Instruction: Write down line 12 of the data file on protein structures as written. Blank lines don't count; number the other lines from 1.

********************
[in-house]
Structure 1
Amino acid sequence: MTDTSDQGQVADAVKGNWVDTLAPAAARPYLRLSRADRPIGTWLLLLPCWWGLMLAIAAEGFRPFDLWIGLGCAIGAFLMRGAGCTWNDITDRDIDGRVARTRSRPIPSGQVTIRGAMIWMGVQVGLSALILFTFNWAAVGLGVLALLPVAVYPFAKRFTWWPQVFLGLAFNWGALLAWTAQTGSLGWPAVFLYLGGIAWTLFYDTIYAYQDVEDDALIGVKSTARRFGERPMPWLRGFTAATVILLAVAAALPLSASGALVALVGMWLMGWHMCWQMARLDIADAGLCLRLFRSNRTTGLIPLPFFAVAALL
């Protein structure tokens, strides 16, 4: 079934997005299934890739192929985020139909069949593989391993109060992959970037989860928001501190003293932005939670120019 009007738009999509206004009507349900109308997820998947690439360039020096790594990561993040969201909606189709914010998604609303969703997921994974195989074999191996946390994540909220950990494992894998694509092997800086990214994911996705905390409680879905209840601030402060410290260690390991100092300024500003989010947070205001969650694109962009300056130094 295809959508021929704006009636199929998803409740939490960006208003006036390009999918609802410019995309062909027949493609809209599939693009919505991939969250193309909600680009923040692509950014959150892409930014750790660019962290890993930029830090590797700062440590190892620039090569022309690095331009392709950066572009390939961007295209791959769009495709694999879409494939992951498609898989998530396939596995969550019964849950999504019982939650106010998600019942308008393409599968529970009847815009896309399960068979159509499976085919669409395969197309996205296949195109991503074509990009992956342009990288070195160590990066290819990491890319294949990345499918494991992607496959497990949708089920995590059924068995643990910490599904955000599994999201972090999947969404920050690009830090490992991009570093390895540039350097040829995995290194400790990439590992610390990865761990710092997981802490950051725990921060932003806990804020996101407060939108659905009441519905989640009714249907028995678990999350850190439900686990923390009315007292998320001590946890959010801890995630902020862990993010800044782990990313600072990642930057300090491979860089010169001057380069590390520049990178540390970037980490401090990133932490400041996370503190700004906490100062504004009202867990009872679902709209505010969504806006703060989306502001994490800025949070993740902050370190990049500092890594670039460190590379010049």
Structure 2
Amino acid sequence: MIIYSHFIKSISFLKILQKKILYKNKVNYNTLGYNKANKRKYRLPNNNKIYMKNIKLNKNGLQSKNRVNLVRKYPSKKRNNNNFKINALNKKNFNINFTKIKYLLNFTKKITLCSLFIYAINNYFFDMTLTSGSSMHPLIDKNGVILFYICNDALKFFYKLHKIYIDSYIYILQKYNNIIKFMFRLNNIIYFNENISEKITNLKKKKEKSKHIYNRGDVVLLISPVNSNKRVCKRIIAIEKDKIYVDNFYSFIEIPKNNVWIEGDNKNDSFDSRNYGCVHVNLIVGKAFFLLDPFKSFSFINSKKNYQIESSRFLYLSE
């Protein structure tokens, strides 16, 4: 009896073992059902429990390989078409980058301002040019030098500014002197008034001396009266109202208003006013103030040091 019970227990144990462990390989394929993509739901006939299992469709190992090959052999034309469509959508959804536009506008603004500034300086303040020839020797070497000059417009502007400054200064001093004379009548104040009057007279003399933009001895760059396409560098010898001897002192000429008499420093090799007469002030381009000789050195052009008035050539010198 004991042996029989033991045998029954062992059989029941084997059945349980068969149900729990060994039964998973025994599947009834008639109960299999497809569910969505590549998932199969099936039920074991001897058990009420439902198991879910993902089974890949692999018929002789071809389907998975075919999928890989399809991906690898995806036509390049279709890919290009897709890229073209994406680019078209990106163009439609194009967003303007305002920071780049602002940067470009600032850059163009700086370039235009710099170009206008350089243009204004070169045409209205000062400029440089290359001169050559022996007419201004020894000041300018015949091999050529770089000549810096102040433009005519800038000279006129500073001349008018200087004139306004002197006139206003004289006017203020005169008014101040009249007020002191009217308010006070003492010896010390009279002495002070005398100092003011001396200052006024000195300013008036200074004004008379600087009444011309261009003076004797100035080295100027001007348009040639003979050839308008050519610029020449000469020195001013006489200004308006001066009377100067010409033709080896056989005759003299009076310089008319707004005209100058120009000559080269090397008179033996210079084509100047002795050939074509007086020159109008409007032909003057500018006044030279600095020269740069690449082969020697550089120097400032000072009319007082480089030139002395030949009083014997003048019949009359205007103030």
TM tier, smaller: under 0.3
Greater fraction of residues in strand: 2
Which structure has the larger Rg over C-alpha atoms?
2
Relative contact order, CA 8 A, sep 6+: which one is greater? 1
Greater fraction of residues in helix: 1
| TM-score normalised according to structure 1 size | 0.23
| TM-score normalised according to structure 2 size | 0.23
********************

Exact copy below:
Relative contact order, CA 8 A, sep 6+: which one is greater? 1